A Business Professor and Husband Turns Breast Cancer Researcher

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In more than 25 years of viewing posters at oncology meetings, I’ve met researchers from virtually all professional walks of life, but it was not until the 2016 Miami Breast Cancer Conference, that the author’s affiliation turned my head: It was a business school.

“Utilizing Metastatic Tumor Receptors on Relapse Worsens Patient Outcomes” was the title of a poster by T. Allen Pannell, Jr, PhD, of the Department of Business Analytics and Statistics at Lincoln Memorial University School of Business, Knoxville, Tennessee.

“There must be a story here,” I thought, and commented the same to the presenter. “Something or Someone put a statistician and breast cancer together. I like solving problems, and this one chose me,” Dr. Pannell told me.

Personal Story

In short, in January 2014, Dr. Pannell, a statistician, lost his wife to triple-negative breast cancer at the age of 45. Amy Foster lived about 3 years from her diagnosis and only 6 months after cancer recurrence. Her husband attributes her rapid decline to inappropriate treatment (see study here).

Amy, a choral teacher and concert pianist, was diagnosed with stage II breast cancer and underwent a lumpectomy. The couple went on a cruise while awaiting the final pathology results, believing the worst-case scenario would be chemotherapy. They returned to disheartening news, that her cancer was stage III triple-negative disease with positive nodes, requiring a double mastectomy as well as chemotherapy and radiation.

Dr. Pannell was working on his dissertation in statistics—specifically, a new statistical model for determining eligibility for mortgage loans—while teaching in the University of Tennessee Graduate School of Business. Overnight, his mission shifted, to become an advocate for Amy and a breast cancer researcher as well.

“Two years post diagnosis, we planned our first ‘get back to life’ trip, which was to go to Vermont, where I ran a half-marathon and she ran her first half-marathon,” he said. “She struggled a bit…. It turns out she ran this race with a liter of cancer-infested fluid in her lungs and widespread metastases. The first day of the rest of our lives ended up ushering in our last days.”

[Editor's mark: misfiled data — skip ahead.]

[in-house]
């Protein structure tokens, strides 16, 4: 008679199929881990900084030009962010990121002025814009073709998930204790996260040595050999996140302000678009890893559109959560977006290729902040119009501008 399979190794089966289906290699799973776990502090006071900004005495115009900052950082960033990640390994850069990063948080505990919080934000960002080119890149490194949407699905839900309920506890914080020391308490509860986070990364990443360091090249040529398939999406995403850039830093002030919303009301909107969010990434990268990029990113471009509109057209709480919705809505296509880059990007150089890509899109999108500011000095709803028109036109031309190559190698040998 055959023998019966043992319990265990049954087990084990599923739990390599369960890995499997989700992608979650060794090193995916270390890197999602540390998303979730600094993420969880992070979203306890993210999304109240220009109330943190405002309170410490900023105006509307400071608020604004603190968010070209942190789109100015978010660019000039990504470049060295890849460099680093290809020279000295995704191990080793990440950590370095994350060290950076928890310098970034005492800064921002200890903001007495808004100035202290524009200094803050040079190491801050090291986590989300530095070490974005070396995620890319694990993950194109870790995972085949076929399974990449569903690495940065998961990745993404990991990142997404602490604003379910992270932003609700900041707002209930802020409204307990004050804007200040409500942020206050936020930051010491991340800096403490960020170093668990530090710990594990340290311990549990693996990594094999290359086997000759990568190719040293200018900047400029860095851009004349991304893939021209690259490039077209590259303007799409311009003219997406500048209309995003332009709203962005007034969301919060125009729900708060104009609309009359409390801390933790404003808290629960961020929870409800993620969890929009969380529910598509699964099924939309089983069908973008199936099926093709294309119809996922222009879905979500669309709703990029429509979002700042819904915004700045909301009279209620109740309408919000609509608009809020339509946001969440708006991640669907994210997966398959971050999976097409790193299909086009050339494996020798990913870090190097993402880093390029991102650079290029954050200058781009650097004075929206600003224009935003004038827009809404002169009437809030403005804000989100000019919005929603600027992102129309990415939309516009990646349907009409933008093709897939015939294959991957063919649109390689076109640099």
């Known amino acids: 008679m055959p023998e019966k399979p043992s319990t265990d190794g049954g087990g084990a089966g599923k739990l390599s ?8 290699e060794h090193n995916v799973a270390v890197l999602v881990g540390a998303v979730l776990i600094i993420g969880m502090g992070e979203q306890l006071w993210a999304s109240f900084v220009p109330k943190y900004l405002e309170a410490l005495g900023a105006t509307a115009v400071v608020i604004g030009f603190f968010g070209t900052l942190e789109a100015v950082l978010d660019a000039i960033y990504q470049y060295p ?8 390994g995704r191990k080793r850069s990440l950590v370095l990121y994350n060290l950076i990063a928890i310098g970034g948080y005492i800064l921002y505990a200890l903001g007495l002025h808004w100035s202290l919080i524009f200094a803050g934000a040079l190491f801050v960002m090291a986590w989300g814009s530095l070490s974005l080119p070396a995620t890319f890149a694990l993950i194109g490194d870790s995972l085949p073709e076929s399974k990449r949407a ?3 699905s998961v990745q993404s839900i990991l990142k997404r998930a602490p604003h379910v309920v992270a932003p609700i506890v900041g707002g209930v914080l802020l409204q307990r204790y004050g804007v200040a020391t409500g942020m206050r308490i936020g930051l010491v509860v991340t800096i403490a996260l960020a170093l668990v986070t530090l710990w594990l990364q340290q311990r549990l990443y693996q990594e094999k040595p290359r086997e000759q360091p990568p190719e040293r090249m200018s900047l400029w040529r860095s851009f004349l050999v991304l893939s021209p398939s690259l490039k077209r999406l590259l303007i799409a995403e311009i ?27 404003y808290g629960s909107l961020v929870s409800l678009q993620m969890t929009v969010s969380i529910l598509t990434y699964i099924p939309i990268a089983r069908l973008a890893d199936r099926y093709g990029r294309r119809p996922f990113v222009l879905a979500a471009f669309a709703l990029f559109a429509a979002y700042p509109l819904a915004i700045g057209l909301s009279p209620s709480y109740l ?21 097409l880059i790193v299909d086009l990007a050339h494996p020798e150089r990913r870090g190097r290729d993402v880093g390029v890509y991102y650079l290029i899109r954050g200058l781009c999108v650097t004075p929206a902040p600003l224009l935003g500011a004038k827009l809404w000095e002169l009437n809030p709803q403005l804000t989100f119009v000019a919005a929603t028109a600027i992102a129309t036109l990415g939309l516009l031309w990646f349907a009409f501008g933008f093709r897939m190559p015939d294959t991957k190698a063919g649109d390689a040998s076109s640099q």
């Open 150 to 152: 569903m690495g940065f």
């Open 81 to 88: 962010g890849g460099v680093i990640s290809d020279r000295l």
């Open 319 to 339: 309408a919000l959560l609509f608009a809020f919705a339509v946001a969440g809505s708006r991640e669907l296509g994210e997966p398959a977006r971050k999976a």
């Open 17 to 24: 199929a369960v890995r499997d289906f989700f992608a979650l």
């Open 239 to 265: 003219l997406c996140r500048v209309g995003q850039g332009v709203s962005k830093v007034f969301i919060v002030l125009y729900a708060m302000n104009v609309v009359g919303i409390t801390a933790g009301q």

“Her oncologist was fairly blunt. He said, ‘If you have anything you want to do, do it now,’” Dr. Pannell said.

Her physician started her on capecitabine, predicting a 45% chance of partial response and a 5% chance of complete response, emphasizing this was not a cure. She responded robustly, demonstrating a complete response that prompted her oncologist to report, “You’re in that 5%. You may have 4 years now.”

Amy Foster Pannell on her wedding day, approximately 16 months after her initial diagnosis with breast cancer and post double mastectomy, radiation, and chemotherapy. Photo courtesy of T. Allen Pannell.

Discordance in Hormonal Status

For assurance, the couple sought a second opinion from a cancer center. The new oncologist ordered her tumor retested, which revealed discordance in hormonal status. Although initially progesterone receptor–negative, her disease now tested progesterone receptor–positive.

“She was doing great, but now we learned her tumor had changed from progesterone receptor–negative to positive, and the oncologist at the cancer center advised that we take her off capecitabine and treat her with letrozole,” he said. “We did this, and in 4 weeks, she was essentially gone. She died 3 months later.”

The local oncologist had advised against the switch, “since what we were doing was working,” but the second oncologist believed it was the right drug for her metastatic disease, with fewer side ­effects.

Now, having researched this issue, Dr. Pannell understands the lack of data guiding this treatment. “It’s still unclear what to do in this situation,” he said. “We made this decision without researching it, and soon we were in a hospice situation,” he said.

After Amy died, Dr. Pannell began his research in earnest. “I started researching initially so I could ask intelligent questions about what happened to Amy,” he said.

Before long, he was well versed in the published literature on the topic of tumor discordance. “I found out if it’s discordant, that’s bad, and one of the main articles suggested that it’s because patients’ treatment is switched. That’s what I believe happened to Amy,” he said.

Dissertation Redux

With only 6 months remaining to finish his dissertation, he returned to the committee and confessed that he had “lost the will to finish the dissertation” and was now knee-deep in breast cancer research. An oncologist (who later became a committee member) had a solution: “Make this your dissertation,” he said, adding, “I need the answer to that question, myself.”

This led to his retrospective analysis of patients from the University of Tennessee Cancer Center, to the study he presented in Miami, and to his conclusion that metastatic patients with discordant tumors should receive first-line treatment based on their primary tumor (see page 13). Dr. Pannell is continuing his research. He said the oncologist on his dissertation committee has adopted his recommendation for his patients.

Dr. Pannell now heads up a new analytics program at Lincoln Memorial University School of Business. His year-long practicum for his students will focus on “the business side of breast cancer,” including screening, mammography, false-positives, insurance issues, and such. “I am going to turn this into a business question,” he said, “but my students will be gathering useful data on breast cancer for me. I’m a little sneaky!” ■

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